How does a compliance officer prepare for the inspection?

A compliance officer represents the agency and is expected to demonstrate his or her knowledge and expertise in the safety and health field in a courteous and professional manner. Before the inspection, the compliance officer will become familiar with as many relevant facts as possible about the workplace, such as its inspection history, the nature of the business, and the particular standards that might apply. This preparation provides the compliance officer with a knowledge of the potential hazards and industrial processes that he or she may encounter and aids in selecting appropriatePPE safety supplies for use against these hazards during the inspection. 

The above information is from OSHA, so it might be a good time to get out that inspection checklist and make sure your workplace is in compliance. Hopes are you won’t find anything too dangerous, but it would be an excellent way to avoid a serious injury, lost time, and lost productivity, as well as legal repercussions.  Plus, the employees on the front line will probably sleep a little better at night, knowing you check safety issues out on a regular basis.


Have you ever had a conversation with a person who vehemently believes in Big Foot?  Just to let you know, I’m not a Big Foot believer.  In fact, when it comes to critters that can’t be found alive in a zoo or we can’t even find remains for, I’m no fun at all.  Anyhow…  Big Foot believers lean on evidence of the North-American man-ape’s supposed-real tracks and fur as well as grainy photos and blurry videos, most of which appear to be fabricated to me.  But believers swear by this evidence and also tout the testimony of other believers as more evidence!  Yet why haven’t we managed to capture one of these giant, up-right-ape-like creatures?  Believers will tell you that, “they’re shy and reclusive.”  Then why do they keep popping up in grainy photos around where people are?  It all doesn’t make sense and leaves me wondering.

I’m pretty sure I’m not the only Big Foot skeptic out there.  I just want to see real proof before I jump on the side of the believers.  I feel the same way about Big Foot that I do about management that say they are committed to safety but their actions reveal otherwise.  Where’s the real proof of the commitment from top leaders?  Is the safety commitment only captured verbally in meetings or on signs posted?  Before I become a believer, I want to see that commitment in action!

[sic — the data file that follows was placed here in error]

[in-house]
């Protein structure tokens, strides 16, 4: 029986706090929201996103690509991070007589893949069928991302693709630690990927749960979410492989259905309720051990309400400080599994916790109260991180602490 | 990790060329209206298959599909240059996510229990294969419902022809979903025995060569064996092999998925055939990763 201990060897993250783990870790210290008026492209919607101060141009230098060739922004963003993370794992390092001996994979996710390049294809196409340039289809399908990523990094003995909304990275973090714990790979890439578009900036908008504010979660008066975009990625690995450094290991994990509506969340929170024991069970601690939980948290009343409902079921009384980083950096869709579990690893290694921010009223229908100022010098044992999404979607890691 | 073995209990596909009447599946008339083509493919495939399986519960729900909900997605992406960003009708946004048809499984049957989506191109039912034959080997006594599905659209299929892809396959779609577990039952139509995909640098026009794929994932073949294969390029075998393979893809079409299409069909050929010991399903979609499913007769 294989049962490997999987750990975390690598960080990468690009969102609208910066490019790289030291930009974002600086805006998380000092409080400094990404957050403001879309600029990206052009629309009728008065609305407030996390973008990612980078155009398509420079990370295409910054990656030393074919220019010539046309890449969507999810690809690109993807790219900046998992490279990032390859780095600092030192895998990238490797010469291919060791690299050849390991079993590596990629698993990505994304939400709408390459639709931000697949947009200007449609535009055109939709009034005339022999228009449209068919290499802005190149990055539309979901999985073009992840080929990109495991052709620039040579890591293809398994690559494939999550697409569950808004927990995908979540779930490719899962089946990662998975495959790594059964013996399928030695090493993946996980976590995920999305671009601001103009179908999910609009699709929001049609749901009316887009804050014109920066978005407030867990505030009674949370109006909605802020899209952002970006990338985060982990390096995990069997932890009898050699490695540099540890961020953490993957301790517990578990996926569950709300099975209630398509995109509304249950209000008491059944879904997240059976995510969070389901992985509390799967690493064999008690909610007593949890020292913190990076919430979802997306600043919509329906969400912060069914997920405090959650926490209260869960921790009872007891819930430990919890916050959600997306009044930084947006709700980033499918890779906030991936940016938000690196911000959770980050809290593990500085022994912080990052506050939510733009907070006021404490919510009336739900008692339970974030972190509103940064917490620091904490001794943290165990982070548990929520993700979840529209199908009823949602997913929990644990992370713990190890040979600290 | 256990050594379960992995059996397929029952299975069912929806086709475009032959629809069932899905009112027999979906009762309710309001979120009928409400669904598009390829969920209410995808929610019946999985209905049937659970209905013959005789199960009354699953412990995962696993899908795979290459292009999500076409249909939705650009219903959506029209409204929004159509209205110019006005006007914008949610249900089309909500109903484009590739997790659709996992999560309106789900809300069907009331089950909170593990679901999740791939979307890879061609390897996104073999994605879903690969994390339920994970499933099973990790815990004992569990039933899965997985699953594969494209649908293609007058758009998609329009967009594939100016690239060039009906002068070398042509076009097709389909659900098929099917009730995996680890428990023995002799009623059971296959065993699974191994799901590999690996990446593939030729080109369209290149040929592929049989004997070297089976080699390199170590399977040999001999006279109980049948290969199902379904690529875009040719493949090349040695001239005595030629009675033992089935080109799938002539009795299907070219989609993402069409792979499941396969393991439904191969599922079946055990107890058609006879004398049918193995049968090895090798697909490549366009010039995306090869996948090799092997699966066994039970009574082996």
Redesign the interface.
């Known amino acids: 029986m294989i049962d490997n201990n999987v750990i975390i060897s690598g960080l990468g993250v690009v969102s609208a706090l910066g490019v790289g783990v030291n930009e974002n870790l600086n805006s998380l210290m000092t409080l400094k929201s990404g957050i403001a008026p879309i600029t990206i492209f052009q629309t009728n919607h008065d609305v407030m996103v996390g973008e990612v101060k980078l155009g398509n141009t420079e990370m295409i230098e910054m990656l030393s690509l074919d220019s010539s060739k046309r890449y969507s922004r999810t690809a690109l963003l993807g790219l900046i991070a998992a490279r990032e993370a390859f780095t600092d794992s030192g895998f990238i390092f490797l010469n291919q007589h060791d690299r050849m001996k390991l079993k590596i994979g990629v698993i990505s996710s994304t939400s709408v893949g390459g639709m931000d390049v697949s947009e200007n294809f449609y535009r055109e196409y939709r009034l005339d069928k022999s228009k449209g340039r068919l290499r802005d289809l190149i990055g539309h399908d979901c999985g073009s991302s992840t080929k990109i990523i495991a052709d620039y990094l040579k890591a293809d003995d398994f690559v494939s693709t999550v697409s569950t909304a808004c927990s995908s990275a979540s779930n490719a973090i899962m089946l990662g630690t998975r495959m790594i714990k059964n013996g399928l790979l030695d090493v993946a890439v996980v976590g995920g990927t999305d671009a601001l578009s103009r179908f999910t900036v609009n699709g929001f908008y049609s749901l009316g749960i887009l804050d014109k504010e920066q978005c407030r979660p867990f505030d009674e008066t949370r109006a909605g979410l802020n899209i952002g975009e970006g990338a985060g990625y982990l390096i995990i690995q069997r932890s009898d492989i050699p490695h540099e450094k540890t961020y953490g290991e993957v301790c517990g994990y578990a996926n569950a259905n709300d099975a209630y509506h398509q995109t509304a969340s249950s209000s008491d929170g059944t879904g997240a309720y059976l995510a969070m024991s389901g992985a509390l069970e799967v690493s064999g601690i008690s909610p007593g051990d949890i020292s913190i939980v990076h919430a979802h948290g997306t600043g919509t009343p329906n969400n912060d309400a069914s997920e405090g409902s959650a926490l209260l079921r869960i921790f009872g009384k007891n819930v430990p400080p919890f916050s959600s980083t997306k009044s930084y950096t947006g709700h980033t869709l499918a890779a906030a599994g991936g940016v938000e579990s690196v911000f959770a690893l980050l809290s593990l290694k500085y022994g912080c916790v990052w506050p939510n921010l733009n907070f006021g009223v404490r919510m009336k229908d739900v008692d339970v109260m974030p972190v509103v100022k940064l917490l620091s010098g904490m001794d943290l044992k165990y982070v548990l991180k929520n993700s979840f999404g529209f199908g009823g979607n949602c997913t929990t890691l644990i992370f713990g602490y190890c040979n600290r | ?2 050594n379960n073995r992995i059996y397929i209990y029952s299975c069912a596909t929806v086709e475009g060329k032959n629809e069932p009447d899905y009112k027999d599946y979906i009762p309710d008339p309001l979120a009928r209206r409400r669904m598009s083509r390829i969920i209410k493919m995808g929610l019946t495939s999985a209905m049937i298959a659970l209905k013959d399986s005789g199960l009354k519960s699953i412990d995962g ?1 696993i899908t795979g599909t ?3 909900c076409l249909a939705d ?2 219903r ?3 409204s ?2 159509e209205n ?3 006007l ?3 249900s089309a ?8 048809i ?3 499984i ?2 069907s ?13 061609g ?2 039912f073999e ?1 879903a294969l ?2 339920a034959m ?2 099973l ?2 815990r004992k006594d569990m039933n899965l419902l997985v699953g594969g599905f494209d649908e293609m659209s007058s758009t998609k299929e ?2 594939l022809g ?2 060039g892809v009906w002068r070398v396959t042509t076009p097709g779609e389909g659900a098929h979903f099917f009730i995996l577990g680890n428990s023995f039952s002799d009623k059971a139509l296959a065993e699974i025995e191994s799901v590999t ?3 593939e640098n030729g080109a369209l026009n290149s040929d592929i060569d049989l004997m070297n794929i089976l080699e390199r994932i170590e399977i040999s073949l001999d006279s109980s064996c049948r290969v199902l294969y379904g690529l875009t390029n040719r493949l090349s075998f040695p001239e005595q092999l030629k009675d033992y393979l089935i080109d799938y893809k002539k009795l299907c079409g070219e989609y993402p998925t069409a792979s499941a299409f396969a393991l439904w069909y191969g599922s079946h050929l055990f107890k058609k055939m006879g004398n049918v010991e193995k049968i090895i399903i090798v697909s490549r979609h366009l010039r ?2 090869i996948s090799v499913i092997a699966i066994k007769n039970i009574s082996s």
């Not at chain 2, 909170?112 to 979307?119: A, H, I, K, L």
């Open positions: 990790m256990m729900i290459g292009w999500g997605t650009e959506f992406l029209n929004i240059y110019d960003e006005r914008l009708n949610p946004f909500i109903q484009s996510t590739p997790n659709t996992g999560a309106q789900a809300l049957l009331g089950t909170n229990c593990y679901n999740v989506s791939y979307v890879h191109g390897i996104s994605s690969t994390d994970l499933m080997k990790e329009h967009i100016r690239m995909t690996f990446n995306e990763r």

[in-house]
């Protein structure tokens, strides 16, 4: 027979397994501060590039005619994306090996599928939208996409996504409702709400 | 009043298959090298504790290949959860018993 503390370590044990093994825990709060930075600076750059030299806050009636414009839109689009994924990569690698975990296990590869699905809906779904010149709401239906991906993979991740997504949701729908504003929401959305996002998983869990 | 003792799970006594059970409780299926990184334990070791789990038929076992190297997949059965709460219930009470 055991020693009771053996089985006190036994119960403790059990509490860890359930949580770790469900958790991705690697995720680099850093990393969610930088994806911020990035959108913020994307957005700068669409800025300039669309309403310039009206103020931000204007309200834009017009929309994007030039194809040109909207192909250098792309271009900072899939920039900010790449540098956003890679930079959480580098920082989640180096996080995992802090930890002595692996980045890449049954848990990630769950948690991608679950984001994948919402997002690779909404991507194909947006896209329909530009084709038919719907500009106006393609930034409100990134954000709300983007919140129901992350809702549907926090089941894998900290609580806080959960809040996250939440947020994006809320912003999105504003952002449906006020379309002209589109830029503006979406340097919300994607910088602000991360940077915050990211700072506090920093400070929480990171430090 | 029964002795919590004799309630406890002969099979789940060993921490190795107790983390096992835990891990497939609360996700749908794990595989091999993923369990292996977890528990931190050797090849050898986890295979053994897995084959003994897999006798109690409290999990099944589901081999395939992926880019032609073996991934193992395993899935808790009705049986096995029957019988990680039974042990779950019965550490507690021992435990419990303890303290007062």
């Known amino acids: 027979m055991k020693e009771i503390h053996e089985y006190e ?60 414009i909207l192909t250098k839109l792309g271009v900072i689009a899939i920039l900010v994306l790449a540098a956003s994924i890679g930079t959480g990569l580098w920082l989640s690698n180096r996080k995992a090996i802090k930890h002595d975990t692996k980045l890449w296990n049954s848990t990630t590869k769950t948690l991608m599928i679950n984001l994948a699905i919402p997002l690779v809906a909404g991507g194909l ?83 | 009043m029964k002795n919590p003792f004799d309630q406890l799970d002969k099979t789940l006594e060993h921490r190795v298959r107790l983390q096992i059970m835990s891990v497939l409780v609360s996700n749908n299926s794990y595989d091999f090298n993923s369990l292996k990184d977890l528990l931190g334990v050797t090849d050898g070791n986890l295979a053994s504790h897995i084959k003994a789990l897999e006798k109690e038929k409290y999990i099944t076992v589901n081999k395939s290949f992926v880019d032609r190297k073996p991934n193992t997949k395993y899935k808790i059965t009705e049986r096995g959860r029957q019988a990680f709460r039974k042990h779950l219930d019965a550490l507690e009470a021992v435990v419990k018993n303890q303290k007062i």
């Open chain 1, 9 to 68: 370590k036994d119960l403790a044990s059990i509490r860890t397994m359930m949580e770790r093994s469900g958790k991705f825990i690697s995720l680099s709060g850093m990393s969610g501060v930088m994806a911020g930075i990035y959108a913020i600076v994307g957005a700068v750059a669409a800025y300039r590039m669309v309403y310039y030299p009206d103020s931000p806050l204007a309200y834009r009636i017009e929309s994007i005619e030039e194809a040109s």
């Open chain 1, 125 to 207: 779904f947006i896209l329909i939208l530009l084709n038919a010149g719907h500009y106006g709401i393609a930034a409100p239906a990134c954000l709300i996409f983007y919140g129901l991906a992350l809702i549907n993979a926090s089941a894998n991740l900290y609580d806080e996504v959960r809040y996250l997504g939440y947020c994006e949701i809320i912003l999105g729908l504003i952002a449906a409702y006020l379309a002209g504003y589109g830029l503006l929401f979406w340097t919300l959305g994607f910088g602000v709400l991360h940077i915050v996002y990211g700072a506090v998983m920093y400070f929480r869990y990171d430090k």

Early on in my safety career, I worked for a Plant Manager by the name of Walt that, in my opinion, was truly committed to safety and his example shaped my view of how top leaders should commit to safety.  In fact, I thought all Plant Managers took the lead in all safety meetings, constantly lecturing people to be safe and, in emergencies, grabbed megaphones and reminded people to do things the safe way.  Walt completed daily safety inspections, participated in incident investigations and verified people were safety trained.  I once saw Walt get teary-eyed reporting news about a fatality at a neighboring plant.  So, how did Walt’s plant perform safety wise?  I don’t remember any serious incidents at the plant while working for Walt.  I do, however, remember safety issues that Walt demanded everyone rally around to resolve.  Hazards were taken care of swiftly under Walt’s leadership.  Walt’s safety leadership did not amount to suspect footprints or blurry videos.  No way!  His commitment was visible, clear and obvious to all.  There was no question: Walt lived safety and expected everyone else to follow his example, and that was clearly captured by all!